Learning to love bugs in the soil

I saw a lot of lively grubs, ants, worms and centipedes the other day and it made me happy, because they were hanging out in my flower garden’s soil.

Not so long ago, all those bugs could have worried me, except for the worms. There’s a new movement underfoot in farm land now, so to speak, that encourages bugs in the soil.

In farm country, they call it the Healthy Soil initiative. Spearheaded by the Natural Resources Conservation Service and sister agencies at the state level, the initiative aims at making soils a happy home for the microbes and bugs that flourished before we started large-scale agriculture.

Turns out we figured out how to grow lots of food with fertilizers and tractors but forgot how to make the soil itself help us.

The principles are simple. Plant a variety of crops. Disturb the soil less. Get a mixture of plants so something’s growing throughout the season. Keep the soil covered. Leave dead plants on the surface to feed those microbes and bugs the way nature intended.

In cities, the same concepts apply. Taking care of your soil keeps your grass and flowers happier – maybe even giving the plants you want a bit of an advantage over plants you don’t (otherwise known as weeds).

We’re pretty lucky in the city. It can be difficult for a farmer to leave plant matter like wheat straw on the field when harvesting everything helps pay the bills. In the city, it’s also a lot easier to use a product like Garden Green® compost to jump-start the process of creating healthy soil.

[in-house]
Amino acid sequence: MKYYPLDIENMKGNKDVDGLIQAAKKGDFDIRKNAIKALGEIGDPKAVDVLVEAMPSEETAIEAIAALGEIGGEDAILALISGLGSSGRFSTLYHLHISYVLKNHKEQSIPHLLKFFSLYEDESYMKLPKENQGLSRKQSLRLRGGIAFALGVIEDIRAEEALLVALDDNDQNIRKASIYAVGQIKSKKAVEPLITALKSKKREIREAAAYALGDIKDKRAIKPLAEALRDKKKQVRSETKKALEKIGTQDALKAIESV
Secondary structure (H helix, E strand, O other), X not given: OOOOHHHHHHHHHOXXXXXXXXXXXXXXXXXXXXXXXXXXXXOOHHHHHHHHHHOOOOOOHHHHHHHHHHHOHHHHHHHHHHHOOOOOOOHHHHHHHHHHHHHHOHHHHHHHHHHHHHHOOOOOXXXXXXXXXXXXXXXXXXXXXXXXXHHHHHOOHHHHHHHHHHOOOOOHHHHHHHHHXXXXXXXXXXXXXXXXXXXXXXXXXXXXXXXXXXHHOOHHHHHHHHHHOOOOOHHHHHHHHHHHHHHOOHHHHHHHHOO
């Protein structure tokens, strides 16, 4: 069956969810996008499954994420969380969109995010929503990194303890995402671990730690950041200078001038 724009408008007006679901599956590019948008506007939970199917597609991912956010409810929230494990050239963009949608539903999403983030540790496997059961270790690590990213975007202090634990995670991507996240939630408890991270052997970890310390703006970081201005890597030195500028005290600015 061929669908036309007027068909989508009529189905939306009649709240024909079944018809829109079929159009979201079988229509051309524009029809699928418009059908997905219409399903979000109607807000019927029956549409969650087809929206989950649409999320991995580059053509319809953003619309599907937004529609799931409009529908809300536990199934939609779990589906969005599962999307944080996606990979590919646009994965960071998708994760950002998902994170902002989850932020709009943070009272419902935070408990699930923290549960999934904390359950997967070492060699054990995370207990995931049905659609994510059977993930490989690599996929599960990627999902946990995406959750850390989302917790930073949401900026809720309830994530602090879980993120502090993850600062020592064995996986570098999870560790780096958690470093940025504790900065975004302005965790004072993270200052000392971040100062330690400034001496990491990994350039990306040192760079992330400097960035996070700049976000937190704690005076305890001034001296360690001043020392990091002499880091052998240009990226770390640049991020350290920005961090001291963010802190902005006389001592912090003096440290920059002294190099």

In my case, Garden Green compost was a big reason those grubs and worms were crawling around and burrowing in my garden. We had spread about an inch of it on top and raked it into the soil lightly, then planted a variety of native wildflowers. The result was a nice-looking flowerbed that was easy to weed and gave those natives a leg up.

And hey – all this happened on good old Lake Superior clay.

Even a lawn can improve soil. The old-fashioned fertilize-and-spray routine creates nice-looking grass, but only on the surface. For the most part, there are just some shallow roots poking into the soil a little bit under those lawns.

Mixing clover into your lawn will reduce the need for fertilizer and you’ll have a plant that tends to grow well during dry conditions without choking out your grass. Garden Green® can be spread in a thin layer to feed those microbes in lawn soil and leaving grass clippings to feed worms and grubs will start to create a happy ecosystem underfoot. There’s a good argument, too, for running your lawnmower over leaves in the fall rather than raking them, too.

Ultimately, you’ll have a lawn that stays greener longer during dry periods.

You’ll also be playing a part in cleaning the water that falls on our city landscapes

In the old days (before cities, roads and everything else that replaced forests and prairies), as much as 50 percent of rainfall would percolate through the soil into groundwater and ultimately into our creeks. A residential neighborhood reduces that to 35 percent, and central cities to 15 percent. Helping nature create a healthy soil in your yard through these techniques will absorb more of that water so our magical soil microbes can clean it up on the way to your neighborhood creek.

Turns out happy soil can lead to fewer weeds and cleaner water. Nice combination, eh?

Craig Lincoln, Environmental Programs Coordinator

 

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